MARCO ISLAND — Marco Island’s Beautification Committee had some new beginnings at its meeting Wednesday afternoon. The session marked the ascension of a new chairperson, Barbara Murphy. It saw a new member, Linda Colombo, seated for her first meeting. Syd Mellinger stepped down as chair, but remained on the committee.
The meeting Wednesday in the Niles conference room at City Hall also marked a departure. Former City Parks and Recreation Director Bryan Milk newly appointed to the post of community affairs director and city planner, who has served as the staff liaison to the citizens’ advisory panel, acted in that capacity for his last meeting.
Starting with the Beautification Committee’s next meeting in November, Public Works Director Tim Pinter will be the city’s point man with the group. City Manager Jim Riviere dropped by the committee to explain how the shuffle of assignments fits into his ongoing reorganization of responsibilities among city staff.
Pinter was much in evidence at Wednesday’s meeting, answering members’ questions from the audience, and Milk said it only makes sense for him to take over working with the committee. The Beautification Committee dug into a collection of landscape-related issues, with visions of lush, eco-friendly plantings tempered by the new budget realities facing everything the city government does.
“There’s one criterion driving everything we do – the almighty dollar sign,” Pinter told the group, cautioning that maintaining existing installations would take all the funds available, leaving little for new initiatives. The committee took up the questions of landscape maintenance, newspaper stands, cul-de-sacs, swales, acceptable plant materials, landscaping at the Jolley Bridge, a future community meeting, and the Marco In Bloom awards.
Al Benarroch of Affordable Landscaping, the city’s contractor, and Pinter fielded questions and led the discussion of general landscape maintenance. The nature of their work means new items are always cropping up, they said.
“The sprinklers are working fine, until someone hits another line,” said Benarroch. Coconuts growing on the top of trees along city roads would be removed, he said, to avoid potential liability issues. “We just take the fruit off. We don’t want something to fall on someone’s head, or their car.”
Pinter said that, to simplify maintenance, the city was moving to more sod and less shrubbery in medians.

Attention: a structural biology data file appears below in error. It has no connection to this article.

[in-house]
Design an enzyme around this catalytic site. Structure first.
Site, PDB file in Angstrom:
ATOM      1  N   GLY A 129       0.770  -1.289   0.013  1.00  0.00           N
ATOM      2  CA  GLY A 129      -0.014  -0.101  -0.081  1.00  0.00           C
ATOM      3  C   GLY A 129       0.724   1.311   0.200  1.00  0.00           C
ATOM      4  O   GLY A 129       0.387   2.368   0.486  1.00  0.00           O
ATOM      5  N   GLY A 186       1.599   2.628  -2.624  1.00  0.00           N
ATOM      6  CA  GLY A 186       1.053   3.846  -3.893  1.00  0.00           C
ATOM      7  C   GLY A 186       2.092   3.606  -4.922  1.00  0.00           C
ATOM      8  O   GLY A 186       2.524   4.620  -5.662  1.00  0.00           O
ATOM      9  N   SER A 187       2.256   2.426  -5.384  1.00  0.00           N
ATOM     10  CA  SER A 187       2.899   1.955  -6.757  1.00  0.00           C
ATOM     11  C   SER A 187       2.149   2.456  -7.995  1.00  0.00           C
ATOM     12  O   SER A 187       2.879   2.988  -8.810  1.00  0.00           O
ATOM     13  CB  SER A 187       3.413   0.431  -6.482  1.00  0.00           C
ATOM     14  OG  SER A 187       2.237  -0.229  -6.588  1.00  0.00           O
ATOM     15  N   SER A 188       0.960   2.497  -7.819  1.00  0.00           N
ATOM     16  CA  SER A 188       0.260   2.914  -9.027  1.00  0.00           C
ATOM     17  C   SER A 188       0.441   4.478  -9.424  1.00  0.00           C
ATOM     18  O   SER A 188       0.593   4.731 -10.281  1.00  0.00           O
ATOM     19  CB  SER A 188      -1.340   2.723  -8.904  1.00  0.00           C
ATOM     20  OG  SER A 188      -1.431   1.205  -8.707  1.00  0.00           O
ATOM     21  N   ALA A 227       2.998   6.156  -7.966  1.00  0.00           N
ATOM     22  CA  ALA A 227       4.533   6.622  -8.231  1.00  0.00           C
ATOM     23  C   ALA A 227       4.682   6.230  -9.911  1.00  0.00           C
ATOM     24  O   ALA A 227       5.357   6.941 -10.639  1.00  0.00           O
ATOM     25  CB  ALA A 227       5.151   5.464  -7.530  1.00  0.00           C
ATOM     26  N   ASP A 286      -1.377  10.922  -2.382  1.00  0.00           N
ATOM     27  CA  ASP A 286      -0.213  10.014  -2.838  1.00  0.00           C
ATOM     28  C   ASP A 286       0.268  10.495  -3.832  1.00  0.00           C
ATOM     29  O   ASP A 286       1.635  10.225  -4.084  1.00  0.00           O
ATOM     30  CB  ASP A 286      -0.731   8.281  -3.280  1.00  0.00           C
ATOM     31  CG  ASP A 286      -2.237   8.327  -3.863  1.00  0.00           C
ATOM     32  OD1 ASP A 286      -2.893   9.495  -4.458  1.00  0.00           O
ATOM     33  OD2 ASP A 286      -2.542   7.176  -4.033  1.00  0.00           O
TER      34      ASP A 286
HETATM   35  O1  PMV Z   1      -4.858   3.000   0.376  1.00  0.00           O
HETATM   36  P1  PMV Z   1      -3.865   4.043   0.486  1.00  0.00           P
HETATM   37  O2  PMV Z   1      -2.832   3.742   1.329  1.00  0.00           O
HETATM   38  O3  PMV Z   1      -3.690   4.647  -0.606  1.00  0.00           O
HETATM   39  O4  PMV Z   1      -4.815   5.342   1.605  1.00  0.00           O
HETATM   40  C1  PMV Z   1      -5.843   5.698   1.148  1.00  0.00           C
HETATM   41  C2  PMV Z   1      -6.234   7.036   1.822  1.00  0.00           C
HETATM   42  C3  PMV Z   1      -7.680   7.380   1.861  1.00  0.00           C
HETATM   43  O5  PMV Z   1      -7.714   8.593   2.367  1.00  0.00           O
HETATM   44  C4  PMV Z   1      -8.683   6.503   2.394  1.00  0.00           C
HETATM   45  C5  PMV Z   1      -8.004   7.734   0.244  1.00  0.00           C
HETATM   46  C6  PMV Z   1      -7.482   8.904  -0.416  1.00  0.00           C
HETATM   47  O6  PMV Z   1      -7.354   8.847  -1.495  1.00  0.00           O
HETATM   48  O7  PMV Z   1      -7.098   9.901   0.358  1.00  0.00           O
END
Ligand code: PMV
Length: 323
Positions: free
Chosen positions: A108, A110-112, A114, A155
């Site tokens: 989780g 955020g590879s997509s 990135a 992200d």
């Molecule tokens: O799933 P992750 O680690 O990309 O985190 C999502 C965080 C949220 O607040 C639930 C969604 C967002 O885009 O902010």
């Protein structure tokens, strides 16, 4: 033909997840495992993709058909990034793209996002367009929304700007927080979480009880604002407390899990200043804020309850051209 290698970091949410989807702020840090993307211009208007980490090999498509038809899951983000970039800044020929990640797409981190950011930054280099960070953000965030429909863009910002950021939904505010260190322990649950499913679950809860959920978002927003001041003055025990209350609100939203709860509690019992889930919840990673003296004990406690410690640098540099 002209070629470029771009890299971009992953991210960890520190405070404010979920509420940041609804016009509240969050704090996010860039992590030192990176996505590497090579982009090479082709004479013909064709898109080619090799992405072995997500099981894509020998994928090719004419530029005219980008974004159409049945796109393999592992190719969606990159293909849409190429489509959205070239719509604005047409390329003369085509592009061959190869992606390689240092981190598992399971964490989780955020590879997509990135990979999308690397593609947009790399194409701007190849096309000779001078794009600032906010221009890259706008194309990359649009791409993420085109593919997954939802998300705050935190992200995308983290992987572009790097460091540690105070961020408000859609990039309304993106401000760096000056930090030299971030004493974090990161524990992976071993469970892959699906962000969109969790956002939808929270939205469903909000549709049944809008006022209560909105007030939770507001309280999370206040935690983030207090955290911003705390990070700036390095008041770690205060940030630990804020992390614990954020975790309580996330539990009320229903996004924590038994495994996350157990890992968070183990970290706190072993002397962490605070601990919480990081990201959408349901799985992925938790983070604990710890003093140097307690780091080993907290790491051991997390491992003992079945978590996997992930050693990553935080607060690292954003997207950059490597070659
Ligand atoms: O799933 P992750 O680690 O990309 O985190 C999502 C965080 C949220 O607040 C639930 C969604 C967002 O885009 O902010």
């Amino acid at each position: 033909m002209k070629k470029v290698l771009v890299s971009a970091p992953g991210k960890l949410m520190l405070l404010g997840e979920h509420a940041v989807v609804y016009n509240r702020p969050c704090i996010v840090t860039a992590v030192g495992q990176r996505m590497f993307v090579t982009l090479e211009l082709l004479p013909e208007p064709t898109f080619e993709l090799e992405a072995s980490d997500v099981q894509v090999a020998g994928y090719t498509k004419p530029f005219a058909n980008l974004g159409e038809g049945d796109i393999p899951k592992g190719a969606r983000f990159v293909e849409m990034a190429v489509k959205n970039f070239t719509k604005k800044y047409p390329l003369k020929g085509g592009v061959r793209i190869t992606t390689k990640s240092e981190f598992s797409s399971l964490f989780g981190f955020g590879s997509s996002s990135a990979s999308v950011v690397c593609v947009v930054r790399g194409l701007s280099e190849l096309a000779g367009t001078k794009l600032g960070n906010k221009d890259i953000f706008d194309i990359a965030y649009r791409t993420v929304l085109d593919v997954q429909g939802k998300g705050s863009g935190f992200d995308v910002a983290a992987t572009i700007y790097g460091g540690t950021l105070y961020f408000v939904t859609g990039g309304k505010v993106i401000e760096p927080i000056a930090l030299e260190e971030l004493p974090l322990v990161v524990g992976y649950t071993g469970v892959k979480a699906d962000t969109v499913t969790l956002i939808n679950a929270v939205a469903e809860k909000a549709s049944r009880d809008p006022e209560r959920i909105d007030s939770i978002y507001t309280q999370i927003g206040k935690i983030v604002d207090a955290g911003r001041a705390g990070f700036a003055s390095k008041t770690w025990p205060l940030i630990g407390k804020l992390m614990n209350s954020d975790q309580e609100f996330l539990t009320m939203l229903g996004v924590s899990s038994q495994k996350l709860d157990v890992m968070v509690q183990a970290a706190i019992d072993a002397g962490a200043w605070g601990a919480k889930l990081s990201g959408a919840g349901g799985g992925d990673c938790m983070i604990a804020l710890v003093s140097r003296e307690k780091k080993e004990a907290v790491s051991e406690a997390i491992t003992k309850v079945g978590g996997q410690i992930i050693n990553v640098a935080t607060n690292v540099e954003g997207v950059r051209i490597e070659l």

“It’s easier to replace sod than bushes. We keep replacing them at the Esplanade, and they keep running them over,” he said. The shrubs also pose a line of sight problem. “We’re up here in our trucks, and we think it’s fine,” but drivers in low-slung cars have their vision blocked.
Code compliance officer Liz Carr was invited, to begin a discussion of where newspaper racks and related items are placed.
“Quite frankly, they’re not newspaper vendors. They’re selling all sorts of things,” said Pinter of some of the racks.
On cul-de-sacs, Pinter said the city is moving to get more reassurance that private citizens or condominiums offering to maintain them follow through on their intentions.
“Volunteering to maintain a cul-de-sac is great, but we’re creating a document volunteers are going to have to sign, just like for putting trees in the right of way,” he said.
Lisa Koehler of the South Florida Water Management District and city environmental specialist Nancy Richie got involved in a discussion of ground covers for swales, to avoid gravel, which is not allowed in the right of way. Member Sue Oldershaw pushed for perennial peanut grass, and sunshine mimosa, used by Naples Botanical Gardens, was mentioned as another alternative for plain old sod.
The city will be accepting the Jolley Bridge landscaping from the Florida DOT, once the DOT accepts it from contractor Johnson Bros., said Milk, and will be responsible for keeping it up. The city will have a one-year warranty on all work and plantings from when the state accepts the project, he said.
The Beautification Committee will meet for their next scheduled session on Nov. 2.